In April 2021, Mercury Stardust, a Wisconsin maintenance technician, was “cleaning someone else’s poop off myself” after a clogged toilet came apart. She happened to see a video of someone asking how to use a ratchet strap, one of those complicated-looking thingummies often used to tie down cargo. As soon as she tidied up, the 33-year-old responded as digital natives often do: she recorded an instructional video, wearing a (clean) flannel shirt and overalls while skillfully handling the tool in question.
The minute-long video introduced her signature enthusiastic and encouraging patter, ending with: “Learning something new is a triumph, and I’m proud of you.”
It was TikTok that launched a burgeoning media empire. Today, as the Trans Handy Ma’am, Stardust has more than 2 million TikTok followers of her DIY home repair videos and a New York Times bestseller, Safe and Sound: A Renter-Friendly Guide to Home Repair. The book is a unique hybrid: part unconventional trans memoir, part renters’ manifesto and part self-help guide.
When we sat down on an October evening at the anarchist Firestorm Books co-op in Asheville, North Carolina, she was on stop 24 of a 52-city tour – and driving across the country to make every date. Stardust, whose name is a mashup of the queer icons Freddie Mercury and David Bowie’s Ziggy Stardust alter ego, was tired. Very tired, but also very, very surprised that giving advice about fixing a stripped screw hole with toothpicks could go viral.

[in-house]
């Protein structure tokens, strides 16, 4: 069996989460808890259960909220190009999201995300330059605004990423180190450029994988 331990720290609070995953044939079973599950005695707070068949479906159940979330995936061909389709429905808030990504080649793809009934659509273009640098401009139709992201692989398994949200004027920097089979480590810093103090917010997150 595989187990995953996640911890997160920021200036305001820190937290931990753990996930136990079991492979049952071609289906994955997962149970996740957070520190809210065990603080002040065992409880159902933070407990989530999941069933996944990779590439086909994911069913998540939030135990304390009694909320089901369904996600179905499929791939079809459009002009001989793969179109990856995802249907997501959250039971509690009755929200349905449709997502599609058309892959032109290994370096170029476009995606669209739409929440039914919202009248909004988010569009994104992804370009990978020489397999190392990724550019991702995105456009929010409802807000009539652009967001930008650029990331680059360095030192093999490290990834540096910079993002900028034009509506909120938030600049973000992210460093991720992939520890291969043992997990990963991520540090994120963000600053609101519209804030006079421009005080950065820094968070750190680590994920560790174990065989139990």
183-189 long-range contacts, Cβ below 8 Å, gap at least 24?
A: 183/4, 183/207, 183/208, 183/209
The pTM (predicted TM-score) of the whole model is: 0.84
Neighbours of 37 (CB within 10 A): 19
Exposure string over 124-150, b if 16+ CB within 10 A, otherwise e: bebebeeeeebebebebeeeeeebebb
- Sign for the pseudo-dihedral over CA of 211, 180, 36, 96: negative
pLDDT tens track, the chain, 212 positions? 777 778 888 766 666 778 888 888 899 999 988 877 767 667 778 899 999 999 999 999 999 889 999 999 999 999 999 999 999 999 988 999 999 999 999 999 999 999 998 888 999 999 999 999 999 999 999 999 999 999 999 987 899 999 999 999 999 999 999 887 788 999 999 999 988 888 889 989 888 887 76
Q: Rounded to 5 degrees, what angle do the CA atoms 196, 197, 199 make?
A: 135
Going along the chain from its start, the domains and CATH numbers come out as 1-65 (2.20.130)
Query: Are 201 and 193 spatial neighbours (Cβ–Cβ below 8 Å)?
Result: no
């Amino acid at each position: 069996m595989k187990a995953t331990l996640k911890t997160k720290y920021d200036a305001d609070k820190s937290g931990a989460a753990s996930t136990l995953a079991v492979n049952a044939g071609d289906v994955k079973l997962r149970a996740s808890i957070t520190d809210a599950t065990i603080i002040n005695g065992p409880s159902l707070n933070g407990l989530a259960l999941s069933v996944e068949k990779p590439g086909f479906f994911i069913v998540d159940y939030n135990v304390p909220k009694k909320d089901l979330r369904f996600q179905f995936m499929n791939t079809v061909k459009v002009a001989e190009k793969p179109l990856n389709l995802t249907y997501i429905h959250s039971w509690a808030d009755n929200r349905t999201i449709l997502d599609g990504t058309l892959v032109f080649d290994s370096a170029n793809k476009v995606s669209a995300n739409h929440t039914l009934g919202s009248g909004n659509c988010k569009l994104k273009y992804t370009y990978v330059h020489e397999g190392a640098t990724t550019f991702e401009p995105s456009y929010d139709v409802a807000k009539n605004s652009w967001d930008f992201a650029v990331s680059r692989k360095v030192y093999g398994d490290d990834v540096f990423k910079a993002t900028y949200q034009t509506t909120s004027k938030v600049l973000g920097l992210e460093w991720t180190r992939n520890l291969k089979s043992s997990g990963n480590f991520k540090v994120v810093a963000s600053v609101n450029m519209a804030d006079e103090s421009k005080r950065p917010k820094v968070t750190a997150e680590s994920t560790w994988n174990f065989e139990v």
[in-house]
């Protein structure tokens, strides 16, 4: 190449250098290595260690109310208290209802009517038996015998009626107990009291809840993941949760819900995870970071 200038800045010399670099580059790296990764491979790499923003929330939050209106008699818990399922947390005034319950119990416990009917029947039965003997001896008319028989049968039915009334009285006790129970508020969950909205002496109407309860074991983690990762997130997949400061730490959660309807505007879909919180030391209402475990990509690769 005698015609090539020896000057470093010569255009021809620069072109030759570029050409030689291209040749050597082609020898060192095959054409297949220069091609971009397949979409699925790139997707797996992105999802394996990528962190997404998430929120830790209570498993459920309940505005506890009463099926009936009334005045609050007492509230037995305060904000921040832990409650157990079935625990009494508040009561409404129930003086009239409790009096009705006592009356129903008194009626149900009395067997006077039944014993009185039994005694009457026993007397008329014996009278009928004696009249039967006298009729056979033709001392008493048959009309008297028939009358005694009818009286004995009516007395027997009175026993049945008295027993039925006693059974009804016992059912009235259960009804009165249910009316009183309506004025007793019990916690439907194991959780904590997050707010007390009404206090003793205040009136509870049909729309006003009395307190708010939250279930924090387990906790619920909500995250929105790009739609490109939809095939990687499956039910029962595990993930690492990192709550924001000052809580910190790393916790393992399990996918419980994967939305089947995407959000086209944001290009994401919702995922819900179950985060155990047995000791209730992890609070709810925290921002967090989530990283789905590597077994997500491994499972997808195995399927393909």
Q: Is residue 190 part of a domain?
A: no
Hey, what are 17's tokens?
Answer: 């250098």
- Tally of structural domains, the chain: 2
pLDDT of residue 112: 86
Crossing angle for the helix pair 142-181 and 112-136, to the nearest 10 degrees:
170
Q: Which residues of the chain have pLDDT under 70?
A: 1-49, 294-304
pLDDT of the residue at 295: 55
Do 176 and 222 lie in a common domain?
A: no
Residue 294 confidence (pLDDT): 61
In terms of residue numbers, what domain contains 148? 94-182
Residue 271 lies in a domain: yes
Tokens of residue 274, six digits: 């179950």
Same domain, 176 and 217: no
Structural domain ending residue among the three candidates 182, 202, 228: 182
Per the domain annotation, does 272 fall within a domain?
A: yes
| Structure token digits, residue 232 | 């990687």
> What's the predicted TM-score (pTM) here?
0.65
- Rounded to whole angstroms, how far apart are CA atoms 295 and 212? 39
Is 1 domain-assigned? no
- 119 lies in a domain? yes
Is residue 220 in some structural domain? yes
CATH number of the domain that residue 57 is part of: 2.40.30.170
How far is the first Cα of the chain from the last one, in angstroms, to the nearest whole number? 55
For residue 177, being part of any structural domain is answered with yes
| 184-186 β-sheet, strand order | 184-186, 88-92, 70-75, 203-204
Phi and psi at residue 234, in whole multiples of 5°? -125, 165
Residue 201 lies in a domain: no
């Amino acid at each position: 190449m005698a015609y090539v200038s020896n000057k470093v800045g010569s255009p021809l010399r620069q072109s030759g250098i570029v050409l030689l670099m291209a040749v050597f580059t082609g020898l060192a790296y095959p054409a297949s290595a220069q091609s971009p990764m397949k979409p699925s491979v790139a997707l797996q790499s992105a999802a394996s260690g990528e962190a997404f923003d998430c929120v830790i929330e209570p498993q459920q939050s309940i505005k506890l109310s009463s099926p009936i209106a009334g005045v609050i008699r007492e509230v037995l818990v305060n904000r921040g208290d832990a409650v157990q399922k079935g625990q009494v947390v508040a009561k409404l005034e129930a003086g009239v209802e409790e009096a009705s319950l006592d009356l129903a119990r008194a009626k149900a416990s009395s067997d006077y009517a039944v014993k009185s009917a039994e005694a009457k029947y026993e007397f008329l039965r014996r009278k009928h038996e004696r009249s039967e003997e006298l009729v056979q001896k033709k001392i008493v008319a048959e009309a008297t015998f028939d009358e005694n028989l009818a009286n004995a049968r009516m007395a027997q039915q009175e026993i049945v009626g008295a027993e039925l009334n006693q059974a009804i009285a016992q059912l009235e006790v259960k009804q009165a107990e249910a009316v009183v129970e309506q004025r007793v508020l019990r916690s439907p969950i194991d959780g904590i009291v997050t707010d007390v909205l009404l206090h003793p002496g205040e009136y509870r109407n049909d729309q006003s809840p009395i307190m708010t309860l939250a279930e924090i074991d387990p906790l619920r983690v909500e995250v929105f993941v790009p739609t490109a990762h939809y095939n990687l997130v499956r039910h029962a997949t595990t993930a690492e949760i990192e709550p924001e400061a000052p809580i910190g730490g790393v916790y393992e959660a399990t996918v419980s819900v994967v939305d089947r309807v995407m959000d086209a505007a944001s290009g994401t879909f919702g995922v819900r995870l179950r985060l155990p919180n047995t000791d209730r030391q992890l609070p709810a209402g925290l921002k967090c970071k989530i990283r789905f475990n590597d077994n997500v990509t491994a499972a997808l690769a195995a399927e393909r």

When first approached about doing a book, she recalled: “The first thing I said is ‘I want it to be for renters,’ and it was such a big pushback for that. Everyone was like, ‘I don’t know. Is there really a market for it?’”
This despite the fact that millions of Americans rent (even the US Census Bureau can’t say how many; the best guess is a third of US residents at any given time). All those people need to know whether painting is allowed and who’s responsible for what repairs.
Stardust went on to tell her potential publishing collaborators: “My problem is if you believe in me or not; that’s what it comes down to. If you want to work with me, we’re gonna [center renters and her expertise]. And we’re gonna do it because trans people are not allowed most of the time to exist outside of their transness, right?”
Viewers of Stardust’s home repair videos are not only getting effective repair advice, they’re getting it from someone who clearly is more than her trans identity. In the comments section of her videos she’s frequently asked: “Why does it matter that you’re trans? Can’t you just do the work without bringing all that up?”